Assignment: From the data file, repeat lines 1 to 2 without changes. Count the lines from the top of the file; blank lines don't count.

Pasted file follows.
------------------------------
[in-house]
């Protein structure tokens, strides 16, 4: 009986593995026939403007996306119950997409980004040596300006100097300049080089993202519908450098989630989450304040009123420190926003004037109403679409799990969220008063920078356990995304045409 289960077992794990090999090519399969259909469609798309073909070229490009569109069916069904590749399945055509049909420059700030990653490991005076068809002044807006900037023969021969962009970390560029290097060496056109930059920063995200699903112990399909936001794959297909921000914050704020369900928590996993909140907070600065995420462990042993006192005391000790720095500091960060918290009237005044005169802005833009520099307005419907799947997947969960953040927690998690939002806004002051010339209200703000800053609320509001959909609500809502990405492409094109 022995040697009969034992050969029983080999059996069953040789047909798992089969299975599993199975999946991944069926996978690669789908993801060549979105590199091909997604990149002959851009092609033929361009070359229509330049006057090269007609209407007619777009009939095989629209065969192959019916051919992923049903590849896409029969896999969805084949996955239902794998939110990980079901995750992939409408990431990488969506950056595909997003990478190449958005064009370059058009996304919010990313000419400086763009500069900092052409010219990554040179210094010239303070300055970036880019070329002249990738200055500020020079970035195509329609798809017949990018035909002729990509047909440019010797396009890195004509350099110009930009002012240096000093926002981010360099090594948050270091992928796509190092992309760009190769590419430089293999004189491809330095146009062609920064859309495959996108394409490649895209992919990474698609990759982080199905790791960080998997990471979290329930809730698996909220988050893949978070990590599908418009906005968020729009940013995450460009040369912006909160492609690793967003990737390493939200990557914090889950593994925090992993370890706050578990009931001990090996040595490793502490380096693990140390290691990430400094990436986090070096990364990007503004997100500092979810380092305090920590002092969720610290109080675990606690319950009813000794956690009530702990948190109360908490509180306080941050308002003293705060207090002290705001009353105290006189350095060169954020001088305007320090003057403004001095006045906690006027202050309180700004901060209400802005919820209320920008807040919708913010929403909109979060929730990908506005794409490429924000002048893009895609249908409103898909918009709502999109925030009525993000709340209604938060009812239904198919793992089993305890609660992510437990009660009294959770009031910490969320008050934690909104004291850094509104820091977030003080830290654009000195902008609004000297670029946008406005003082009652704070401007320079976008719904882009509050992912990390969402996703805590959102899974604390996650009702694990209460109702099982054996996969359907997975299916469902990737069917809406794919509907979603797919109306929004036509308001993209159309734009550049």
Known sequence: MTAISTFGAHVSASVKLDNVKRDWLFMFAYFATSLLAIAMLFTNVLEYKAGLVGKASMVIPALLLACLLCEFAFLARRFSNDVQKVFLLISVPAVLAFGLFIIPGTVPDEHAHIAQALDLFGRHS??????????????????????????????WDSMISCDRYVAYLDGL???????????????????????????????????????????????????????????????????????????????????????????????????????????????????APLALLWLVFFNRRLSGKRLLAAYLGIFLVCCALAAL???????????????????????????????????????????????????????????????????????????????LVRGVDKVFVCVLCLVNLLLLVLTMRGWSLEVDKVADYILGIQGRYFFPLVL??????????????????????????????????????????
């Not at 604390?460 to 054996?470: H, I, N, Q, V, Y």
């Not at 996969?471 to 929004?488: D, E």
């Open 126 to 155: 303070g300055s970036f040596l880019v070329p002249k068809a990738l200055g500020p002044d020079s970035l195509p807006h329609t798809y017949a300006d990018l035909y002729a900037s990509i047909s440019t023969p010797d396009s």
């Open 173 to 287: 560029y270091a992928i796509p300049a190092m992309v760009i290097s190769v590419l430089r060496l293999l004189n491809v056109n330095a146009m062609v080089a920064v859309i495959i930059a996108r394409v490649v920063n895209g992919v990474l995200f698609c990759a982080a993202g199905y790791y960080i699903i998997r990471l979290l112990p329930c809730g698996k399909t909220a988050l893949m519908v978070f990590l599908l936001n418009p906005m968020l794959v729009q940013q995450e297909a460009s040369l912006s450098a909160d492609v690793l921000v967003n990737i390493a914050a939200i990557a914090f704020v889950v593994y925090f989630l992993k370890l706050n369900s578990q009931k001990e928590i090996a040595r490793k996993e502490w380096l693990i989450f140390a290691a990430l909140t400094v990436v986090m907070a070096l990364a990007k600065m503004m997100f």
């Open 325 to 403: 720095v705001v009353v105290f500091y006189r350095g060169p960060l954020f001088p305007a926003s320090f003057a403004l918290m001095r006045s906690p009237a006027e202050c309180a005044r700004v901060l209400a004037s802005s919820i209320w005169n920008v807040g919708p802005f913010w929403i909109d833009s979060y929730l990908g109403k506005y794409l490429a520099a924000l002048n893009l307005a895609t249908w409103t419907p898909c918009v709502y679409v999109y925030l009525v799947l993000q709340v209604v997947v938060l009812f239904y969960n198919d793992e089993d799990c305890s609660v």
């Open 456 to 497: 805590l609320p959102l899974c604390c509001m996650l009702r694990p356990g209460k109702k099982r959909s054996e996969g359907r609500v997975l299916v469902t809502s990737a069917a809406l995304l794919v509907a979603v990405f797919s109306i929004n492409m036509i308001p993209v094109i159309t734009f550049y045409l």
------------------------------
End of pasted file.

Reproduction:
[in-house]
């Protein structure tokens, strides 16, 4: 009986593995026939403007996306119950997409980004040596300006100097300049080089993202519908450098989630989450304040009123420190926003004037109403679409799990969220008063920078356990995304045409 289960077992794990090999090519399969259909469609798309073909070229490009569109069916069904590749399945055509049909420059700030990653490991005076068809002044807006900037023969021969962009970390560029290097060496056109930059920063995200699903112990399909936001794959297909921000914050704020369900928590996993909140907070600065995420462990042993006192005391000790720095500091960060918290009237005044005169802005833009520099307005419907799947997947969960953040927690998690939002806004002051010339209200703000800053609320509001959909609500809502990405492409094109 022995040697009969034992050969029983080999059996069953040789047909798992089969299975599993199975999946991944069926996978690669789908993801060549979105590199091909997604990149002959851009092609033929361009070359229509330049006057090269007609209407007619777009009939095989629209065969192959019916051919992923049903590849896409029969896999969805084949996955239902794998939110990980079901995750992939409408990431990488969506950056595909997003990478190449958005064009370059058009996304919010990313000419400086763009500069900092052409010219990554040179210094010239303070300055970036880019070329002249990738200055500020020079970035195509329609798809017949990018035909002729990509047909440019010797396009890195004509350099110009930009002012240096000093926002981010360099090594948050270091992928796509190092992309760009190769590419430089293999004189491809330095146009062609920064859309495959996108394409490649895209992919990474698609990759982080199905790791960080998997990471979290329930809730698996909220988050893949978070990590599908418009906005968020729009940013995450460009040369912006909160492609690793967003990737390493939200990557914090889950593994925090992993370890706050578990009931001990090996040595490793502490380096693990140390290691990430400094990436986090070096990364990007503004997100500092979810380092305090920590002092969720610290109080675990606690319950009813000794956690009530702990948190109360908490509180306080941050308002003293705060207090002290705001009353105290006189350095060169954020001088305007320090003057403004001095006045906690006027202050309180700004901060209400802005919820209320920008807040919708913010929403909109979060929730990908506005794409490429924000002048893009895609249908409103898909918009709502999109925030009525993000709340209604938060009812239904198919793992089993305890609660992510437990009660009294959770009031910490969320008050934690909104004291850094509104820091977030003080830290654009000195902008609004000297670029946008406005003082009652704070401007320079976008719904882009509050992912990390969402996703805590959102899974604390996650009702694990209460109702099982054996996969359907997975299916469902990737069917809406794919509907979603797919109306929004036509308001993209159309734009550049």